Fast forward a century to the 1960s, another beacon of hope and unity lies on the Downtown Miami skyline. The Freedom tower is a beautiful 17-story building that served as a refugee center for Cuban immigrants who recently entered the country. Coming from a Cuban immigrant family myself, I felt connected to the building and what it symbolized for all those people years ago: the hopes and dreams to start a new life in a new place. Their faces on the walls of the Freedom Tower, I was reminded of my roots and how amazing it is to live in a city connected by hardship and hope.
South Beach as Text
“A Walk Down MiMory Lane”
by Nathalie Herrera of FIU in South Beach
South beach is the spot for locals and tourists alike to enjoy the crystal-clear waters and beaming sunshine. As we began our walking tour on the pier, we get a sight of what people all around the world flock to Miami to enjoy. Walking down the dock, we even got to see some fellow FIU Honors College students jumping off into water to cool off from the South Florida heat.
However, the beaches are not the only spectacle to enjoy at Miami Beach. Our class was able to walk down Ocean Drive in its entirety. Ocean Drive is a stretch of approximately 2 to 3 miles full of such distinct and fun buildings. The architecture in this area is unlike anything I’ve ever seen. Specifically, it has three different styles: Mediterranean revival, art deco, and MiMo (also known as Miami Modern). The Mediterranean revival buildings were my personal favorites. They are heavily inspired by Western European buildings with all the attention to miniscule details. The MiMo buildings are exactly what I could have pictured from the name alone: buildings related to the water and beaches. These were boat-shaped structures with lots of windows and curvature.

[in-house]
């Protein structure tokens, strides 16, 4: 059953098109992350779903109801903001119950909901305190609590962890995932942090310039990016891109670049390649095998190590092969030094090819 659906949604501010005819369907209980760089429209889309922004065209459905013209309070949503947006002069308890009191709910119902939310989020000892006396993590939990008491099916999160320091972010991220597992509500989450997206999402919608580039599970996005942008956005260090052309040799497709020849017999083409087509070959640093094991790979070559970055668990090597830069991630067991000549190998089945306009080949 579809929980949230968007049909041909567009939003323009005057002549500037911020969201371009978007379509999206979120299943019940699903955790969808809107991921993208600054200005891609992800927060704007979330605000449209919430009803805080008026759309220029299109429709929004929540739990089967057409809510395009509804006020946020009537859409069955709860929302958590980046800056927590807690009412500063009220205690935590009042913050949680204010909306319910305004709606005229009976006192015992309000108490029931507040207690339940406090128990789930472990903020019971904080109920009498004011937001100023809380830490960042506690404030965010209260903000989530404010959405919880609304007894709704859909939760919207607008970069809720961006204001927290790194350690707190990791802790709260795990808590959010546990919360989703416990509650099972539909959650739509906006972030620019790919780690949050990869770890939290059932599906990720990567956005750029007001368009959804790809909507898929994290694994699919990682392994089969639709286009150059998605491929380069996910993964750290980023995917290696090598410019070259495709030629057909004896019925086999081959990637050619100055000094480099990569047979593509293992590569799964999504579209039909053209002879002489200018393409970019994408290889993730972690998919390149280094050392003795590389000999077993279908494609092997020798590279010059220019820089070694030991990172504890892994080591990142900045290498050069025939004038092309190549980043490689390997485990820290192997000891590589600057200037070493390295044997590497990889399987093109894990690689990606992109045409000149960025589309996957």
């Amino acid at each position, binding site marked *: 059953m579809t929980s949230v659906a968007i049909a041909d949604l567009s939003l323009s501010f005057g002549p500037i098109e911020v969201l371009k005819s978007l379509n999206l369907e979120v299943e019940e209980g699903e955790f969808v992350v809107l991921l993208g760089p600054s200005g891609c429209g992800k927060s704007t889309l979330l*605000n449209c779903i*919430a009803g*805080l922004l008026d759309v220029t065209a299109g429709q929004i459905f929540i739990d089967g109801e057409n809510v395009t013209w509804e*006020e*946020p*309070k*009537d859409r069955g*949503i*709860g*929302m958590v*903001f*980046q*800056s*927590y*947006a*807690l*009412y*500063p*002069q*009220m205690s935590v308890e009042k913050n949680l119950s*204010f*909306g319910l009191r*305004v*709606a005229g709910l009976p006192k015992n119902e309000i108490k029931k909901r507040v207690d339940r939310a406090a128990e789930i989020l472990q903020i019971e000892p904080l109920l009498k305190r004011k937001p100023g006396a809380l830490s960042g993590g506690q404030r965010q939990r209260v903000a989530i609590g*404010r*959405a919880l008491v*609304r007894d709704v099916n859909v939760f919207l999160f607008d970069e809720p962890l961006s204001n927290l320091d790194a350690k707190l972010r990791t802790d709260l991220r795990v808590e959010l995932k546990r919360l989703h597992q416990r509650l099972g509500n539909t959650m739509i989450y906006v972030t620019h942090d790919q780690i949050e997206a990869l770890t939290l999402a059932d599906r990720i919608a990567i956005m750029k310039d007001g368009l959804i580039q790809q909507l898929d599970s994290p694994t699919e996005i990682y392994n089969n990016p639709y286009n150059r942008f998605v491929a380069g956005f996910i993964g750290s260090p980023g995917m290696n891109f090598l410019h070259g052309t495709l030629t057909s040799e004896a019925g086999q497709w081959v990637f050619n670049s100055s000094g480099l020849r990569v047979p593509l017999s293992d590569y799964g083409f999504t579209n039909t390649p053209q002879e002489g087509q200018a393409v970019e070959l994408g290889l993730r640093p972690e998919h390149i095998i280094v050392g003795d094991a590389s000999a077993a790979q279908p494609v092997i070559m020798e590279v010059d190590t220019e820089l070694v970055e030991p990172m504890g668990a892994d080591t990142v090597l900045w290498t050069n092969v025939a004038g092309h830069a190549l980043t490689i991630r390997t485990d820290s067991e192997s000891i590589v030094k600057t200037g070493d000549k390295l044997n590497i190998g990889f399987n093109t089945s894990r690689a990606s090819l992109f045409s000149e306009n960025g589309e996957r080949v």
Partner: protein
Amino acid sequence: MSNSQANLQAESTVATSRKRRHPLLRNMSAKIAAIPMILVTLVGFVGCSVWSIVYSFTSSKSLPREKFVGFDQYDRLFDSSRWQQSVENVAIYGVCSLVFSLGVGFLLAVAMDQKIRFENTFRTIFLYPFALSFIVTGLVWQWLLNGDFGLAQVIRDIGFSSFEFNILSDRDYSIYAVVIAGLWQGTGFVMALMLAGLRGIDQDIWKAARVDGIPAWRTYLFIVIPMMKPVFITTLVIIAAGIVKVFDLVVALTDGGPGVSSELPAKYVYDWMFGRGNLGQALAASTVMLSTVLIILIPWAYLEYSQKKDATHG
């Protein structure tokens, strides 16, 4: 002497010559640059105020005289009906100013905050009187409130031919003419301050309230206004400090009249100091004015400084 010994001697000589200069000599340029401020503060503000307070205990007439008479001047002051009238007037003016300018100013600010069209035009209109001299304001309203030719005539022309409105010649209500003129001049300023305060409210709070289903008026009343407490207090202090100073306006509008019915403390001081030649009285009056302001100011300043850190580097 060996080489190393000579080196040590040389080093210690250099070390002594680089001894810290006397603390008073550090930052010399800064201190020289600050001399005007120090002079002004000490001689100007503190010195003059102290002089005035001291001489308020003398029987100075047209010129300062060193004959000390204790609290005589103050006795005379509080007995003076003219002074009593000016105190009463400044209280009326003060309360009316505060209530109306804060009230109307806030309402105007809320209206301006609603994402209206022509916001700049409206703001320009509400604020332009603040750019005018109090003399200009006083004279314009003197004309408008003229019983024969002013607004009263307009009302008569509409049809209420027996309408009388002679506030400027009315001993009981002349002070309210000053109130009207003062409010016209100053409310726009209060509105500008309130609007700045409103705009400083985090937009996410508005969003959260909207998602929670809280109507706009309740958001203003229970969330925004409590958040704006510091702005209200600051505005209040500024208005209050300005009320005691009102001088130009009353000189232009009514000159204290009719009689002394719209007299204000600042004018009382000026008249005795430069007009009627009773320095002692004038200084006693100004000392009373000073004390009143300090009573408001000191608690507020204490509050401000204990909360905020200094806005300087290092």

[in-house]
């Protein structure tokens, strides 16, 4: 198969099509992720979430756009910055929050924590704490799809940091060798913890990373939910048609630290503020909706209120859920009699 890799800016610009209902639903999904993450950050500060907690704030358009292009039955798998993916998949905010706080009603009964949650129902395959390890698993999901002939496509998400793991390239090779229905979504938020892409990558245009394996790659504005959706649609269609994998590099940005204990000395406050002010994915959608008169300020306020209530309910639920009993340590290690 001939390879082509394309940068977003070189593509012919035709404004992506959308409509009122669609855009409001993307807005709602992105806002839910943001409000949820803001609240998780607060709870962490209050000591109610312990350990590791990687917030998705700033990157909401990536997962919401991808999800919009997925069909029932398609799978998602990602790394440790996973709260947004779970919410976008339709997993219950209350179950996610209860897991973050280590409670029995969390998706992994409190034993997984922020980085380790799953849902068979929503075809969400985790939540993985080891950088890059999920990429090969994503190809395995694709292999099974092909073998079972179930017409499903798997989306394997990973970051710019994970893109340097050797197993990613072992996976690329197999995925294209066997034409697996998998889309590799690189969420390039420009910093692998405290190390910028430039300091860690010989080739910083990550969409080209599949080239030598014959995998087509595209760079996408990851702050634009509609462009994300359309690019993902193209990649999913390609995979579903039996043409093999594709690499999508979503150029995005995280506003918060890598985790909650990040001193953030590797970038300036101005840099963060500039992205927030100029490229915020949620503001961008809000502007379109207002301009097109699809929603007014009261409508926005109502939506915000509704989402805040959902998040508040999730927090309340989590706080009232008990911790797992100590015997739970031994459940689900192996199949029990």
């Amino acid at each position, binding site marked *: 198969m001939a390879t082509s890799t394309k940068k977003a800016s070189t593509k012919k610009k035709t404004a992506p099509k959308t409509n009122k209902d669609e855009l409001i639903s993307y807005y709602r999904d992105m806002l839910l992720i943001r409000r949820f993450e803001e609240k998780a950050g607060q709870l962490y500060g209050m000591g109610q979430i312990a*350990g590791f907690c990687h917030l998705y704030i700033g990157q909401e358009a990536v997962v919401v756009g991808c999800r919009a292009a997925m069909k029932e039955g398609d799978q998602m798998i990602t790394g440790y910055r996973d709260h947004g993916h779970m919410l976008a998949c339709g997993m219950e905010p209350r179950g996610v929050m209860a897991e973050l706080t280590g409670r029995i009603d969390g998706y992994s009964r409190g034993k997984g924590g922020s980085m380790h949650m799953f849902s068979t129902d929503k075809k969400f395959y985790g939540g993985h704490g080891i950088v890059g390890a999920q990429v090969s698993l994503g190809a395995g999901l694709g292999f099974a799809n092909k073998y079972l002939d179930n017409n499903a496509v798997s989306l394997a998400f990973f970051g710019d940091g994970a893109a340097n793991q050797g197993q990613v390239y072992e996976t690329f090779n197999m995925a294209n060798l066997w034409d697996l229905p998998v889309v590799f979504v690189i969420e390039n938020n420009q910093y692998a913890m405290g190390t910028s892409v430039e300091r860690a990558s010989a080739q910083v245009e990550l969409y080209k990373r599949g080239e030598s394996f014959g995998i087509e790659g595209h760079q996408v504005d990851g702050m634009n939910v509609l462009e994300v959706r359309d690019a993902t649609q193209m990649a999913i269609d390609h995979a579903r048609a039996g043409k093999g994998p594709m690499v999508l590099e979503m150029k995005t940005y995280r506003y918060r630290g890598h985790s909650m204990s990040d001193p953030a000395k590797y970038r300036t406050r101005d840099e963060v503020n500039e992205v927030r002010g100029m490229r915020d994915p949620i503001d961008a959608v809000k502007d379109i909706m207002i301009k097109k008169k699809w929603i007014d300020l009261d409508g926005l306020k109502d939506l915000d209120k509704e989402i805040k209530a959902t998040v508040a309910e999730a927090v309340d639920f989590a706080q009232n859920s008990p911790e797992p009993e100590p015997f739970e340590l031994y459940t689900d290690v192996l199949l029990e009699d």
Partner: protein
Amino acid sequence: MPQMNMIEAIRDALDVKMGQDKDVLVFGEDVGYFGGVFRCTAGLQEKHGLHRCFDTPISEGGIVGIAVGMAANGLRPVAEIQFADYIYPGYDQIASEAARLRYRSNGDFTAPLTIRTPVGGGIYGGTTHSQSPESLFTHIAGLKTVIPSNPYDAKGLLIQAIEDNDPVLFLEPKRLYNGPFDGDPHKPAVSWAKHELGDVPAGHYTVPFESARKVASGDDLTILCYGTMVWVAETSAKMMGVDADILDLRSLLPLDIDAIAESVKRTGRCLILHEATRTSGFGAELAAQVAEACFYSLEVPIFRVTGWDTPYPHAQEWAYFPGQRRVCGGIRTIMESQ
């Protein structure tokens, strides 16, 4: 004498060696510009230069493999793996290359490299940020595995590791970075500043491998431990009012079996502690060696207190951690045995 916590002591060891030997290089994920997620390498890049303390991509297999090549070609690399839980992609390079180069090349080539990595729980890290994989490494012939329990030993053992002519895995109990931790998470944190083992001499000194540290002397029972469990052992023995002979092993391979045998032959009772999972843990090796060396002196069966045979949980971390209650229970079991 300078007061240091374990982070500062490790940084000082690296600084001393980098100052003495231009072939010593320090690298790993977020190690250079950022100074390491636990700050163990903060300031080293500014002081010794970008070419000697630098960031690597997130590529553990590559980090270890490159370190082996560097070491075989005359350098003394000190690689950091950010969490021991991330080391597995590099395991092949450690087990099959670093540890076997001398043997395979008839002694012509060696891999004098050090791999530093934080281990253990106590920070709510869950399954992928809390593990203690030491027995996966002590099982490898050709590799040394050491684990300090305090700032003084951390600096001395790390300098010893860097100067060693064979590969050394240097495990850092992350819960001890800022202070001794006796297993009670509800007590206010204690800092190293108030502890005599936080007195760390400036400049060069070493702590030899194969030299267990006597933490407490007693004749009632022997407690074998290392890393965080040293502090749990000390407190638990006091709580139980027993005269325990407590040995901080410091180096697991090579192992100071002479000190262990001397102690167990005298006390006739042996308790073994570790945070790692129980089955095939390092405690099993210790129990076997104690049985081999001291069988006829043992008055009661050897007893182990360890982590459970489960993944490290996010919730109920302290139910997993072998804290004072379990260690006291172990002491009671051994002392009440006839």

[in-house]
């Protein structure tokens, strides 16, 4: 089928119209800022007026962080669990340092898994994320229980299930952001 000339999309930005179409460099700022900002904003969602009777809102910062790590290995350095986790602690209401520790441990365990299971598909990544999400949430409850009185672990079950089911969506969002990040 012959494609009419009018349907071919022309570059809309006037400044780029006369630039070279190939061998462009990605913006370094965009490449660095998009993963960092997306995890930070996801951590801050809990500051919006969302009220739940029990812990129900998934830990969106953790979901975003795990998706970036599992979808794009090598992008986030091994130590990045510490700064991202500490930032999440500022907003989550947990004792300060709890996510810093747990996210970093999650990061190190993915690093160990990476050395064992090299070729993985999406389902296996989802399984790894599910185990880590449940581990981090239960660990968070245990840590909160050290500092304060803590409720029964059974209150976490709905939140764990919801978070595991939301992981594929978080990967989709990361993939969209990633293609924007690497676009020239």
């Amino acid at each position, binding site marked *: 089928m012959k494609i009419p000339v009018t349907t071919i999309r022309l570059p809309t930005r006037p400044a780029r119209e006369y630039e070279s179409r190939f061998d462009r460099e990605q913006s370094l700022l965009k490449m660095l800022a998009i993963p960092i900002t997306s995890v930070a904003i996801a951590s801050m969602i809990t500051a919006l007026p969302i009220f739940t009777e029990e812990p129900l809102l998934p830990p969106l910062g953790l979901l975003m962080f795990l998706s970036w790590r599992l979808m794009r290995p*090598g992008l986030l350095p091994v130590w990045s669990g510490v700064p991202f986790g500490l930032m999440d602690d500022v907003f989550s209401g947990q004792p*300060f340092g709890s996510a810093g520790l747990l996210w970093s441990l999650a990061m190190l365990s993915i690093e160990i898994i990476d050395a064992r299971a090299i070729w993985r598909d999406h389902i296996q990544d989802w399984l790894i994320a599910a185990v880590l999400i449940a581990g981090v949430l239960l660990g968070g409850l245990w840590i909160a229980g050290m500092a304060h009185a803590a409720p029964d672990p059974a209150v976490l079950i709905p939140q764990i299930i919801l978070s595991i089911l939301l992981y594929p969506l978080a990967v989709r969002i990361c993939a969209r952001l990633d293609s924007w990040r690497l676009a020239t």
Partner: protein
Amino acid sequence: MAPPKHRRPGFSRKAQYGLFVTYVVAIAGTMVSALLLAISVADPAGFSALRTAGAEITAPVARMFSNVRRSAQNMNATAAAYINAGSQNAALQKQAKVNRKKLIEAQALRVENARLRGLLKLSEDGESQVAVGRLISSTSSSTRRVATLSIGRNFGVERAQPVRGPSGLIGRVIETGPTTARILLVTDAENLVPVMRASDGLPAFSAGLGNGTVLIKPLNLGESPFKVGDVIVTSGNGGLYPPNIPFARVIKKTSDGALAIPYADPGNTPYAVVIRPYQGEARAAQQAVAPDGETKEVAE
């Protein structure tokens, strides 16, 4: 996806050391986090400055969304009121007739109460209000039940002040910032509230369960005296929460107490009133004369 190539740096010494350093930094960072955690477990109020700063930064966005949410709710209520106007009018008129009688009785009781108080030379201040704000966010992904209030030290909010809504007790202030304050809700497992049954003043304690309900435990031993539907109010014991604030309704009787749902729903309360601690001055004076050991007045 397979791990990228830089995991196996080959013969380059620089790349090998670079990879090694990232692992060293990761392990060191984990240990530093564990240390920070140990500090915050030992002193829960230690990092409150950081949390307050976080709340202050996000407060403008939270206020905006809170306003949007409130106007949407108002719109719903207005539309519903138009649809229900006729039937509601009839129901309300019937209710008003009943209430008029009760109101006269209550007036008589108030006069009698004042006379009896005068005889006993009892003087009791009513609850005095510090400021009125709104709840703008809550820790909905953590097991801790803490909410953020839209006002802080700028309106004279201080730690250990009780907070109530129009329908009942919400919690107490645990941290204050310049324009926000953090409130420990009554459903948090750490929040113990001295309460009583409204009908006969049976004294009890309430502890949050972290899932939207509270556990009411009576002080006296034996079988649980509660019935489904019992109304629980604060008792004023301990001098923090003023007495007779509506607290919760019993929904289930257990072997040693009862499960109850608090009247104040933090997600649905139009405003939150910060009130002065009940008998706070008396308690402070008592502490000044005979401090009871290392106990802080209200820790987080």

Very distinct from this was the Art Deco buildings. They were color blocked buildings shaped like different types of machinery. It reminded me of vintage 50’s diners with neon lights and the like, which were most likely inspired by the Art Deco trends of the early 20th century. To me, the Art Deco buildings were very tacky and not appealing. However, the history behind it gives Ocean Drive a sense of unity and allure. From Barbara Baer fighting for the preservation of Art Deco to its transition to an iconic staple of Miami Beach, Ocean Drive is would not be what it is today without the presence and history of these buildings.